Pathway Wellness Chiropractic Clinic
uses the latest evidence based, conservative care, manual treatments available to rid you of pain and return you to all of the life activities you enjoy. Pathway Wellness believes you need to treat the joints and the muscles to truly eliminate sources of pain and discomfort. Some of the services provided at Pathway Wellness include:
At Pathway Wellness, our chiropractors perform the Diversified Technique-- the most researched and scientifically backed hands-on chiropractic adjustment technique available.
Mechanical Diagnosis and Therapy (MDT)/McKenzie Technique
Both Dr. Farrah and Dr. Bledsoe have been certified and trained in the McKenzie Treatment Protocols, a very successful Physical Therapist technique to treat herniated, bulding, and torn discs in the cervical, thoracic, and lumbar spine.
Both Dr. Farrah and Dr. Bledsoe have been certified in Graston Technique, the most popular instrument assisted soft tissue mobilization in the United States.
Manual Muscle Release Techniques
Dr. Bledsoe has been certified in Active Release Technique (ART). Dr. Farrah is a licensed massage therapist and Pathway Wellness has many LMT’s on staff to provide massage and manual therapy.
Pathway Wellness strongly believes in corrective and rehabilitation exercises, so that our patient’s do not become “Doctor Dependent” and are able to treat themselves at home. Every patient at Pathway walks away with at least one home exercise to perform.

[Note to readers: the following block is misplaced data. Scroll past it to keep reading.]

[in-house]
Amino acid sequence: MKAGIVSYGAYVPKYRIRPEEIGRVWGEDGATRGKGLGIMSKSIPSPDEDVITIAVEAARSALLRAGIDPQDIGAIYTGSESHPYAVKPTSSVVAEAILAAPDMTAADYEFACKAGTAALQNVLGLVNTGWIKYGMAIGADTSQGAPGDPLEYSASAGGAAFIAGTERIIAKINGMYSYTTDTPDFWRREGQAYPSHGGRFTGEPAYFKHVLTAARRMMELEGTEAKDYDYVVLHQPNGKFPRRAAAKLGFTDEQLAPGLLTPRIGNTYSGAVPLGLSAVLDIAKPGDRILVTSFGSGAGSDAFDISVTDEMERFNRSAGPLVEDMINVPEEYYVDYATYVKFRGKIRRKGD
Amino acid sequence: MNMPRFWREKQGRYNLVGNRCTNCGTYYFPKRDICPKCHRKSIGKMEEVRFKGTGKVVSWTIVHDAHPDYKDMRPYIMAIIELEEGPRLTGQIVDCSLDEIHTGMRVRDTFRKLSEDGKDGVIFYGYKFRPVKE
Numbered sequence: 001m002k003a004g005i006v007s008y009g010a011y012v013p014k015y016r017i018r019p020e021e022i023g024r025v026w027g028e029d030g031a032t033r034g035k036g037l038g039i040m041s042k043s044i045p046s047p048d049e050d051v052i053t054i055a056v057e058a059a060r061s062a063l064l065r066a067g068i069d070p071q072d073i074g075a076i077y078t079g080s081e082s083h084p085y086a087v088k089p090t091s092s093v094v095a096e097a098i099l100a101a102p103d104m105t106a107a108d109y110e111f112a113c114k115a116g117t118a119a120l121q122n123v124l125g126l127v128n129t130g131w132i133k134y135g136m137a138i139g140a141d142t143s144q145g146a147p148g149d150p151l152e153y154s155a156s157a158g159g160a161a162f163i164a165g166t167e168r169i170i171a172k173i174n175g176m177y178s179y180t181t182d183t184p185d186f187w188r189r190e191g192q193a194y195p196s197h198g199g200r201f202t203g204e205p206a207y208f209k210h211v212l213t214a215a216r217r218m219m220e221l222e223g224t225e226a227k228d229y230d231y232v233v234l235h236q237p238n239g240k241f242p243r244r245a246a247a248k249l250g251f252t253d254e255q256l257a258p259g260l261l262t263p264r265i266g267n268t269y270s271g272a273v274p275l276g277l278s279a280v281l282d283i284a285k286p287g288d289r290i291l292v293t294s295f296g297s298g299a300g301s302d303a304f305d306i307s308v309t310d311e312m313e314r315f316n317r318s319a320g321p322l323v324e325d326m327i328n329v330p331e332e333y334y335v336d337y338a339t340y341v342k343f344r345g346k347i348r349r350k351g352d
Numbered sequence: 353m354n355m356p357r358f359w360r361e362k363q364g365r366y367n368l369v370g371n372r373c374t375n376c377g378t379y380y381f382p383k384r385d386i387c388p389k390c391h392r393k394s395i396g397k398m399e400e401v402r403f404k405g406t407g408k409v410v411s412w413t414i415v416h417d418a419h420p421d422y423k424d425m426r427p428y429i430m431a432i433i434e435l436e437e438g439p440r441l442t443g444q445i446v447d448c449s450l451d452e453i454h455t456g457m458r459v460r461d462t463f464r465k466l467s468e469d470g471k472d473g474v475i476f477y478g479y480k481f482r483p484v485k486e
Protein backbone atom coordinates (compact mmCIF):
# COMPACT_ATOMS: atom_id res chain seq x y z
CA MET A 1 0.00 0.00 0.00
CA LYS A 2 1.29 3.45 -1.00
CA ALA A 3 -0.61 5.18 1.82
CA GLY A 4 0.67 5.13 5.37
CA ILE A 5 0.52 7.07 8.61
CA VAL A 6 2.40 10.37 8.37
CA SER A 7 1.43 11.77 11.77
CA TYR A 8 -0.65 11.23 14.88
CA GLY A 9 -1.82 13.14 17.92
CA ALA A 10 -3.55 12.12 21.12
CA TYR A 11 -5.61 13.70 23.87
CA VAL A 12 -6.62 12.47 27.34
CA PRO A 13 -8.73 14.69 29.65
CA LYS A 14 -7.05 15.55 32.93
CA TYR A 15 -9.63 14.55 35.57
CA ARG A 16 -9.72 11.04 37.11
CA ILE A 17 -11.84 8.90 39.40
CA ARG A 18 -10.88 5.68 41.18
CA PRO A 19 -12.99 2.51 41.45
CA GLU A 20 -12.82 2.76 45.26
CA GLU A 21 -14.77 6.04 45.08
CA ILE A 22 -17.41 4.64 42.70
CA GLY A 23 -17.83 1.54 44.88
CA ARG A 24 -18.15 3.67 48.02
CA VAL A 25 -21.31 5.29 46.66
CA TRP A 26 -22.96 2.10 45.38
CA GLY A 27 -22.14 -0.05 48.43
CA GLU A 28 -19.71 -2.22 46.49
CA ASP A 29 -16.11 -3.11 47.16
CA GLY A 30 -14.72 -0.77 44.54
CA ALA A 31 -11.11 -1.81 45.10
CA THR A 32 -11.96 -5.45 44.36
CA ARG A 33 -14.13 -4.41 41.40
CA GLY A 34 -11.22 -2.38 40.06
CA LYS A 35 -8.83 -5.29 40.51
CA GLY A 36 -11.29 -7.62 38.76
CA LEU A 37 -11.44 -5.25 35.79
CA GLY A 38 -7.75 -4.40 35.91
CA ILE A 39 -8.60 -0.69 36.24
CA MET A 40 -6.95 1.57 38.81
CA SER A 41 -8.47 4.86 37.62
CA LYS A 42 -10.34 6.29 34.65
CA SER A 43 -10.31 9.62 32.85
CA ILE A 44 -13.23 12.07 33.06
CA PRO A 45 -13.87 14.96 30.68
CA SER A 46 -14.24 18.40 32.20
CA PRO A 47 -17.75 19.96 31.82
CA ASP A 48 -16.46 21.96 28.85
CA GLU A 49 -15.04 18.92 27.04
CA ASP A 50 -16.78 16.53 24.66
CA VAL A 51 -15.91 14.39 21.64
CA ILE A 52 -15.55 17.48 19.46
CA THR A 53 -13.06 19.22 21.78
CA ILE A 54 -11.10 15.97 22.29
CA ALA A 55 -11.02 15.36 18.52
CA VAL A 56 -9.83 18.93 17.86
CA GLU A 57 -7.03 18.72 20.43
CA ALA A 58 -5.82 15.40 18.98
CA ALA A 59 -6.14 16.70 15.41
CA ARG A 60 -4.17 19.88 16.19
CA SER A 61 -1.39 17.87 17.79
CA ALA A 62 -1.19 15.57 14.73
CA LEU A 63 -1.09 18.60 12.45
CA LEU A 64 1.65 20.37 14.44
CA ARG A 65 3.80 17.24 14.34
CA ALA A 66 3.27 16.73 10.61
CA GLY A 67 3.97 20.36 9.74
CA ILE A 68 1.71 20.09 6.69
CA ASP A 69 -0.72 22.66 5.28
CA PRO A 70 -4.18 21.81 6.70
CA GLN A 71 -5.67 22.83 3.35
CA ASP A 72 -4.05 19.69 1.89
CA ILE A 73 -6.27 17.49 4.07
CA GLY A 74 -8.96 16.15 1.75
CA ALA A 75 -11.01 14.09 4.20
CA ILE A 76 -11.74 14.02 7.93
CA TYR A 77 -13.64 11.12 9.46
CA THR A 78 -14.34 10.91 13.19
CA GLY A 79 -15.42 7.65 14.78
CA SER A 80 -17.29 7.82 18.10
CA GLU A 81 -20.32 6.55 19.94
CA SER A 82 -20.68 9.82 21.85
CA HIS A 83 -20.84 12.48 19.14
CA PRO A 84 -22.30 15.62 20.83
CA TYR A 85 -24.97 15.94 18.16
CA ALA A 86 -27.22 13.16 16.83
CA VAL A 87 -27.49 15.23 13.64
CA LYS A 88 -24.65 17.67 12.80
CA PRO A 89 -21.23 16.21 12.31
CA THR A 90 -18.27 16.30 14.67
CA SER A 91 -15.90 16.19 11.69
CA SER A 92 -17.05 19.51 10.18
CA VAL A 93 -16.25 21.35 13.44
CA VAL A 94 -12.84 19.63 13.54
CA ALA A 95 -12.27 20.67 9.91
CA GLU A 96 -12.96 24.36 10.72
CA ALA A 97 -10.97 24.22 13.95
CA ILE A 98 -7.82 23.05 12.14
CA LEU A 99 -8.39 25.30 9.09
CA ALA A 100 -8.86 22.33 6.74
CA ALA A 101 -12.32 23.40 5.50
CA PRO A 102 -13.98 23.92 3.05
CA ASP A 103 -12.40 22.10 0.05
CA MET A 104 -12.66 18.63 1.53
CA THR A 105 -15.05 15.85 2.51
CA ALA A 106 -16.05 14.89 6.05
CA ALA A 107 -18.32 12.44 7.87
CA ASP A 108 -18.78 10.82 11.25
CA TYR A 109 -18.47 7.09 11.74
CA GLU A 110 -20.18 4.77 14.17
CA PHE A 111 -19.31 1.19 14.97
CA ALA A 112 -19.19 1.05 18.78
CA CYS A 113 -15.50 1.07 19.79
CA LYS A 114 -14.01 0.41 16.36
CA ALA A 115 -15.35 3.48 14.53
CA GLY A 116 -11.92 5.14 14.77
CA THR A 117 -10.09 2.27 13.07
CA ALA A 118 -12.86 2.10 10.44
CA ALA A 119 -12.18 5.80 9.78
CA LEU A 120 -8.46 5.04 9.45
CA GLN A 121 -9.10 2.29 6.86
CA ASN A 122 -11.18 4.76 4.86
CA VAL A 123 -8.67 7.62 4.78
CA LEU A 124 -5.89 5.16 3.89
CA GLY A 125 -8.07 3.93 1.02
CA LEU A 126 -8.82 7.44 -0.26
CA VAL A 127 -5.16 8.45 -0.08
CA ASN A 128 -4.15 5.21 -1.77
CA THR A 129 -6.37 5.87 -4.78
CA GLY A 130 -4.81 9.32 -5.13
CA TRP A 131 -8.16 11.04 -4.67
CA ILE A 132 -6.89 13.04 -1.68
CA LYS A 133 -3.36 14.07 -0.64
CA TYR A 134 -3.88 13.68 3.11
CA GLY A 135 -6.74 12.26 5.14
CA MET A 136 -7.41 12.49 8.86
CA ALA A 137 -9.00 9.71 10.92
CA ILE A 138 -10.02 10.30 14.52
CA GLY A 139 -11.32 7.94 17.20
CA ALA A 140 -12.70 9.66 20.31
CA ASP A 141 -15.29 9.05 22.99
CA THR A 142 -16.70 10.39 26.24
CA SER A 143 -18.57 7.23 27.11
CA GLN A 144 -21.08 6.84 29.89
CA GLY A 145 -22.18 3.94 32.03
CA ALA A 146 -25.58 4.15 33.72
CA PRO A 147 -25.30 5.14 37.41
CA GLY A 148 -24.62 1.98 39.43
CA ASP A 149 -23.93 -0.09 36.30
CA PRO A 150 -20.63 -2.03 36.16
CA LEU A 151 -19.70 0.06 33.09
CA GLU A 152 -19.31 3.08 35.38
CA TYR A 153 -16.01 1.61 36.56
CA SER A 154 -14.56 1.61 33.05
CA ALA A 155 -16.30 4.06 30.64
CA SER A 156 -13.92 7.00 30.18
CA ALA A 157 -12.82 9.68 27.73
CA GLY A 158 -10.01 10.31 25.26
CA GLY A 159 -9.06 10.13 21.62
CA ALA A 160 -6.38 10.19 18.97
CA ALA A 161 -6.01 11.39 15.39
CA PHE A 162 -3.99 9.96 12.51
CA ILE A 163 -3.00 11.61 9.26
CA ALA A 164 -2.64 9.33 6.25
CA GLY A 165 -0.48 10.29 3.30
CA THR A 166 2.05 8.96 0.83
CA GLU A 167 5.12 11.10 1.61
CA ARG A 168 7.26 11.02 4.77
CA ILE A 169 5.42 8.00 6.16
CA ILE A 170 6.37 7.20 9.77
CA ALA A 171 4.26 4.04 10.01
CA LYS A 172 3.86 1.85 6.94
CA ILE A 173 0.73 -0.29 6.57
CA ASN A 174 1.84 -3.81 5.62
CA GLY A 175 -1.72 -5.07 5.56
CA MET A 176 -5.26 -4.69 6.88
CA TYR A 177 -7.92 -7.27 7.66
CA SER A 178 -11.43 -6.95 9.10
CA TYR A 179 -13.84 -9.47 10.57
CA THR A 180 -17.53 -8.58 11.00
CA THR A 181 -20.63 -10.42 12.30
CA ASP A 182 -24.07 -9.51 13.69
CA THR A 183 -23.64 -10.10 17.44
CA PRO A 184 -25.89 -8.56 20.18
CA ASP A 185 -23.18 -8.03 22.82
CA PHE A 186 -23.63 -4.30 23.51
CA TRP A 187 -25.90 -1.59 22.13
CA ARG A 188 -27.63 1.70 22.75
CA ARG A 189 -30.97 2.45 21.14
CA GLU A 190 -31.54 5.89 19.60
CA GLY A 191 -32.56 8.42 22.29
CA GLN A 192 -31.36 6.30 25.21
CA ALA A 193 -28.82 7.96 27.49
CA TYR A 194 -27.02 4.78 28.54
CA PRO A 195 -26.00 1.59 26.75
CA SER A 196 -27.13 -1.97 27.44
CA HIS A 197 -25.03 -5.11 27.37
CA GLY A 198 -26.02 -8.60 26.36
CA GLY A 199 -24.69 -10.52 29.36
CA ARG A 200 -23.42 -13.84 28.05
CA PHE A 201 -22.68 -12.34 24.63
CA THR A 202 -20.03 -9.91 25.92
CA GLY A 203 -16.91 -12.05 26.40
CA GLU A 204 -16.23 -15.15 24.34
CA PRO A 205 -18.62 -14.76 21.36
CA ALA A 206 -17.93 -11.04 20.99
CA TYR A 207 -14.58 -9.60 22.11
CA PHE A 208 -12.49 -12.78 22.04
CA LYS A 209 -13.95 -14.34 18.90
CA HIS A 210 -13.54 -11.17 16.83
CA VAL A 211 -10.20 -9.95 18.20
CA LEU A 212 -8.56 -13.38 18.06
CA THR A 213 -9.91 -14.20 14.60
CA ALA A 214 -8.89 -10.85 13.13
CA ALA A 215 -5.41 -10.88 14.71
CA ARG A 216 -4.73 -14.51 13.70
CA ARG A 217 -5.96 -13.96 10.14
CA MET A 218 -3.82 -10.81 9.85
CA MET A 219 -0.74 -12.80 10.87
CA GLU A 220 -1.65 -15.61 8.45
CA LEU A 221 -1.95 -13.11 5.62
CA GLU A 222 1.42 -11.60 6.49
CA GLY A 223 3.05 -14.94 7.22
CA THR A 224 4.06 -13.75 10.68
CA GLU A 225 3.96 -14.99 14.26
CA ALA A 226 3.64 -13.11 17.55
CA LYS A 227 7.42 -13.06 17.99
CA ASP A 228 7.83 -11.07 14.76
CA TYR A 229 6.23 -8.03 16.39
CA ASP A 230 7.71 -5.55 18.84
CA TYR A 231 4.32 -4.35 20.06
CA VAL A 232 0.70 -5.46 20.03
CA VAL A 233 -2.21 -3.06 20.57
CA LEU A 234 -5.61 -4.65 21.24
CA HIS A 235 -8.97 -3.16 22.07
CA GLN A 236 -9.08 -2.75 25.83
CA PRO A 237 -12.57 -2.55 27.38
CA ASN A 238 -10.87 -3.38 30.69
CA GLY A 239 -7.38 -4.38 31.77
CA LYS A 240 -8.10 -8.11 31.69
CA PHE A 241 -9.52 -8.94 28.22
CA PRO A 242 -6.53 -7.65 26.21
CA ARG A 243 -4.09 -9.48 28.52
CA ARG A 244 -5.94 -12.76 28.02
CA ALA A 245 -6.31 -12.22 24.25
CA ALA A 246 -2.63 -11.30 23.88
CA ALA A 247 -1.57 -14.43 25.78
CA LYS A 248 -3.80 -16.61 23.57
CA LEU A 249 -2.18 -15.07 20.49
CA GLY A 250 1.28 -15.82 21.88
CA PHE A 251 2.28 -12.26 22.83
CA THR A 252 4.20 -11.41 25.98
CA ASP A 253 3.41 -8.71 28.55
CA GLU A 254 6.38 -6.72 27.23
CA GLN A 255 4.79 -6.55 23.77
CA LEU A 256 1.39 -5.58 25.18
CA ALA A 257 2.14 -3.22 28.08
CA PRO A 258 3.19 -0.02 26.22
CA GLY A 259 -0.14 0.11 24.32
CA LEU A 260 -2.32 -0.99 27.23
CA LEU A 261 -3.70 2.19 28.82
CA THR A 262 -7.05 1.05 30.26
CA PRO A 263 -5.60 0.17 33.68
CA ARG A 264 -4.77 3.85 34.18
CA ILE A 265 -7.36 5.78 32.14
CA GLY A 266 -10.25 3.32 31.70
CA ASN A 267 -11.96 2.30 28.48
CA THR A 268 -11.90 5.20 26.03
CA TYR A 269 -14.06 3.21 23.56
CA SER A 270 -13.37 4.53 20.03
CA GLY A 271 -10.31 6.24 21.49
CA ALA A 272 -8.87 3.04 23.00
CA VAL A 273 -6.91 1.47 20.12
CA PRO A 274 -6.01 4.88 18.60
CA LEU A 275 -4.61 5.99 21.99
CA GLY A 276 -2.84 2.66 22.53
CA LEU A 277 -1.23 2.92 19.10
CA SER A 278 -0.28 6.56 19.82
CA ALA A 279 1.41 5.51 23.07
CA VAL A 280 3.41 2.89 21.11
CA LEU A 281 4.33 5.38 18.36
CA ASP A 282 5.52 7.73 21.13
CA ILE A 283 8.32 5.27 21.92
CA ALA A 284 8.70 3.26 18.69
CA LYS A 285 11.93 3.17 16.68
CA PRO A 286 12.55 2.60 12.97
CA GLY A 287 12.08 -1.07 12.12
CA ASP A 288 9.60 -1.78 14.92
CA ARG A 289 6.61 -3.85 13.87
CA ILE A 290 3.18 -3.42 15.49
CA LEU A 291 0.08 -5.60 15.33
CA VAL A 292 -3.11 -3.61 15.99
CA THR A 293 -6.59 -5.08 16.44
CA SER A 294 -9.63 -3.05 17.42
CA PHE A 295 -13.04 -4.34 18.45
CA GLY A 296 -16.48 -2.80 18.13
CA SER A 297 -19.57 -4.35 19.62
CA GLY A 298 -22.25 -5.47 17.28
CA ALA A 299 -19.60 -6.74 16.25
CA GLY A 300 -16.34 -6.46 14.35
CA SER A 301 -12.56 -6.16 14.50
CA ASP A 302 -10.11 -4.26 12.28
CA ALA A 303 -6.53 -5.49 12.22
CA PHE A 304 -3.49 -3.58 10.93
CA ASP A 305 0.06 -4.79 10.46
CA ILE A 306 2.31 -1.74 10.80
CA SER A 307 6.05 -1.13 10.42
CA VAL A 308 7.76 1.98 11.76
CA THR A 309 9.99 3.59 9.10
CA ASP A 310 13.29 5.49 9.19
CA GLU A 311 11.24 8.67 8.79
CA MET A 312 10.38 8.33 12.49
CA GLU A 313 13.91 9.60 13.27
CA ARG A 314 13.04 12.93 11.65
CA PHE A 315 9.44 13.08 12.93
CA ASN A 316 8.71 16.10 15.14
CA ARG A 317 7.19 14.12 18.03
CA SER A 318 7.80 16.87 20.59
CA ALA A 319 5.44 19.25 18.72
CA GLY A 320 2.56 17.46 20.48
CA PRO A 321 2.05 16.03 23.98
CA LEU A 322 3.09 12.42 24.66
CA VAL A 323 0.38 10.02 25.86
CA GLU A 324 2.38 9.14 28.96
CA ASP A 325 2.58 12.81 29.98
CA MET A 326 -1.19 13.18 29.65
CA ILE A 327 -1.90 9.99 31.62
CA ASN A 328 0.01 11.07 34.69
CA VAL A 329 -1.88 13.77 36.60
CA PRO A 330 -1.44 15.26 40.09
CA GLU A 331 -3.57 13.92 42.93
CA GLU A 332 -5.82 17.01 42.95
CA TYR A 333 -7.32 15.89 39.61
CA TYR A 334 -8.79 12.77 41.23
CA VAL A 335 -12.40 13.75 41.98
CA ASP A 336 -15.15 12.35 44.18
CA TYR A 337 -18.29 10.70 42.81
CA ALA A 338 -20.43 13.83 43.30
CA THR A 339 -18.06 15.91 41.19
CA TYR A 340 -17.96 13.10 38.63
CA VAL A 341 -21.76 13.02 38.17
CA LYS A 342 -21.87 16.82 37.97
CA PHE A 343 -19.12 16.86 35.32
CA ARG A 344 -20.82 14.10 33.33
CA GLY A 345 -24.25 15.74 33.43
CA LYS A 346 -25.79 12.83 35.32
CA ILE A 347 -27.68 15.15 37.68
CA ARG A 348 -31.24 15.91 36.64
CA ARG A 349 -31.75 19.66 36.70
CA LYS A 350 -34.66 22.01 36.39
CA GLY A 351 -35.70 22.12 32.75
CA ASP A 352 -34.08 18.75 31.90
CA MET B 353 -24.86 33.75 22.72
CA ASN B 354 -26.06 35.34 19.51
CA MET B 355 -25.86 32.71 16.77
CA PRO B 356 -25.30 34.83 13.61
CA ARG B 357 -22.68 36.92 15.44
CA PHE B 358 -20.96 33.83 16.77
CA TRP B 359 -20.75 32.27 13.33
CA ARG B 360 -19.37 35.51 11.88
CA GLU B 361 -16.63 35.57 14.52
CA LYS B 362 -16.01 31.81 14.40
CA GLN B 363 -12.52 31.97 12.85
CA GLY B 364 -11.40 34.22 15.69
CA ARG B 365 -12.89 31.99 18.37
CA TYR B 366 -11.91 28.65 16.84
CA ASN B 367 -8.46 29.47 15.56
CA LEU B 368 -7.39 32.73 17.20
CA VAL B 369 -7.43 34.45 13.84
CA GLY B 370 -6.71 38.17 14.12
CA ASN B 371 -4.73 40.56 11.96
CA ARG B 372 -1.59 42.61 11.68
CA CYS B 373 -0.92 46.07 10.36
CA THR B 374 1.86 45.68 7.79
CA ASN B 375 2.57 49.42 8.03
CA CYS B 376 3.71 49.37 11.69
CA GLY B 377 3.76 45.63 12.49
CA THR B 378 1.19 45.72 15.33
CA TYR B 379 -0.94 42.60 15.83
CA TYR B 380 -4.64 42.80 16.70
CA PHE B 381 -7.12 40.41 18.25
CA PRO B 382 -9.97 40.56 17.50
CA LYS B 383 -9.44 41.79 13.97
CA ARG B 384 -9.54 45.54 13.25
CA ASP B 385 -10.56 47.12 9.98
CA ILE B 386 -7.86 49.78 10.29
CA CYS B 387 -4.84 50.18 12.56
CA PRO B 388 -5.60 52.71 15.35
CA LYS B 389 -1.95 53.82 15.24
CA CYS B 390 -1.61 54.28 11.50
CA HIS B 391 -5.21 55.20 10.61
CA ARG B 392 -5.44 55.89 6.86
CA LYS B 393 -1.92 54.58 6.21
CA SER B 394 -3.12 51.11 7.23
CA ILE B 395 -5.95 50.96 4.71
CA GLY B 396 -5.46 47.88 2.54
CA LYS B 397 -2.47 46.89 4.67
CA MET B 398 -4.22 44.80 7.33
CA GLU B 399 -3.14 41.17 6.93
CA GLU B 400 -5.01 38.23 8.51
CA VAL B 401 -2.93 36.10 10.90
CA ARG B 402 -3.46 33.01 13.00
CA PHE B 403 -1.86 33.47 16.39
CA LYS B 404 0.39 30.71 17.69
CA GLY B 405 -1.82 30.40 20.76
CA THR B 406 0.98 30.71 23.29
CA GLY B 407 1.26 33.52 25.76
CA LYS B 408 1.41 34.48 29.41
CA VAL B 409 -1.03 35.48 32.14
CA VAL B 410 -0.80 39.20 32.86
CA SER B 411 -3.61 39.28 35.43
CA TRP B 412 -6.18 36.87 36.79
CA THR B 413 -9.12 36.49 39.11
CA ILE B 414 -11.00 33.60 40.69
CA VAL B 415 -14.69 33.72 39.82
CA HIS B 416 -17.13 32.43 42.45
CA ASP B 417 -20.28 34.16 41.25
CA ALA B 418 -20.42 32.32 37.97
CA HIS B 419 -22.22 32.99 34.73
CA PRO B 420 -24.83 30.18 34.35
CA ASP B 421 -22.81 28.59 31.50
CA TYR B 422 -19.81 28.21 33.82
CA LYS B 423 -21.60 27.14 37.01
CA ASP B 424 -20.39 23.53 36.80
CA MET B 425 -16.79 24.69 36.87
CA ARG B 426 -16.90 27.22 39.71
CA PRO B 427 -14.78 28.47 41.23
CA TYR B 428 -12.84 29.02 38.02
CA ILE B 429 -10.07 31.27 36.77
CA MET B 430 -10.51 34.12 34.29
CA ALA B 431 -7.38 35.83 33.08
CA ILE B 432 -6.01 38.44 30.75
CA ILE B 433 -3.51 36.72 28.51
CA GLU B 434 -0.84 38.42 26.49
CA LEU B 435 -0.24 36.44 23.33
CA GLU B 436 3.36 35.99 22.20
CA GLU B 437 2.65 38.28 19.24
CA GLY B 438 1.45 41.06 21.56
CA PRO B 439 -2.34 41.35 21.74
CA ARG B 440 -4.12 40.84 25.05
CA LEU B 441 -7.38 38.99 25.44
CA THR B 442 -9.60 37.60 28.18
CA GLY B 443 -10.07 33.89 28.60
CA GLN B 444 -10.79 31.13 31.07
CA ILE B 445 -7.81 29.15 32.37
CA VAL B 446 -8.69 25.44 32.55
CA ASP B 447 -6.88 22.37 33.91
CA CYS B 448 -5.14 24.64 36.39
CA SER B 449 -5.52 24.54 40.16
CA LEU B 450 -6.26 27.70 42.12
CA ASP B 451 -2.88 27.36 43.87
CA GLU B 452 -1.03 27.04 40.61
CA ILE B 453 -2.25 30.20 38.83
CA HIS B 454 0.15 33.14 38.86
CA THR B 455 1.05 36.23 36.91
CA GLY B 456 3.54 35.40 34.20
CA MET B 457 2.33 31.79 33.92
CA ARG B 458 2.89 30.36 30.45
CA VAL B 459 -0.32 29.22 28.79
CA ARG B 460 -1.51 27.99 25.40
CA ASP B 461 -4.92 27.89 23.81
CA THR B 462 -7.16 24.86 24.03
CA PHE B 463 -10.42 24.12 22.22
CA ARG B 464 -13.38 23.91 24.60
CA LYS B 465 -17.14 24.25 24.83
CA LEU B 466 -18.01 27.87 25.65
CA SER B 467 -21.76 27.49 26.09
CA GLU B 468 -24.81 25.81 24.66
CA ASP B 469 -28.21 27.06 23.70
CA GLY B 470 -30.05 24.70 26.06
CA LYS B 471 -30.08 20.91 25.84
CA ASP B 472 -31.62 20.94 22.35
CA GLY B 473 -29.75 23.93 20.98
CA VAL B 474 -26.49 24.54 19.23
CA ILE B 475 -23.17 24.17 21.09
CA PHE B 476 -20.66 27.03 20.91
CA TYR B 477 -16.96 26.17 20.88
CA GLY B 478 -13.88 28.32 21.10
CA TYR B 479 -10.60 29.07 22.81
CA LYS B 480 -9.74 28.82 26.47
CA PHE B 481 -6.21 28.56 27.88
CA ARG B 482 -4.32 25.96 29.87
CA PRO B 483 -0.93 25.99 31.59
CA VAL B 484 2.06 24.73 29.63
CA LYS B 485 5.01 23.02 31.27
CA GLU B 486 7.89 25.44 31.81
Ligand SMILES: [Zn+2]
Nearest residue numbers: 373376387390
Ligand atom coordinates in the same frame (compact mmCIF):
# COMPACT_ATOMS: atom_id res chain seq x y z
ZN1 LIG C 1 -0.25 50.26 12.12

Dry Needling: What You Should Know
Dry needling is a musculoskeletal treatment technique we use to treat myofascial pain. The technique uses a “dry” needle, one without medication or injection, inserted through the skin into areas of the muscle, known as trigger points. Another term commonly used to describe dry needling is intramuscular manual therapy. Dry needling is not acupuncture although it can use the same needles the diagnostic criteria is completely different.
What Kind of Needles Are Used?
Dry needling involves a thin filiform needle that penetrates the skin and stimulates underlying myofascial trigger points and muscular and connective tissues. The sterile needles are one time use needles and are disposed of in a medical sharps collector after use.
Why Dry Needling?
In cases when dry needling is used, it is typically a technique that’s part of a larger treatment plan. Dr. Farrah uses dry needling with the goal of releasing or inactivating trigger points to relieve pain or improve range of motion. Preliminary research supports that dry needling improves pain control, reduces muscle tension, and normalizes dysfunctions of the motor end plates, the sites at which nerve impulses are transmitted to muscles. This can help speed up the patient’s return to active rehabilitation.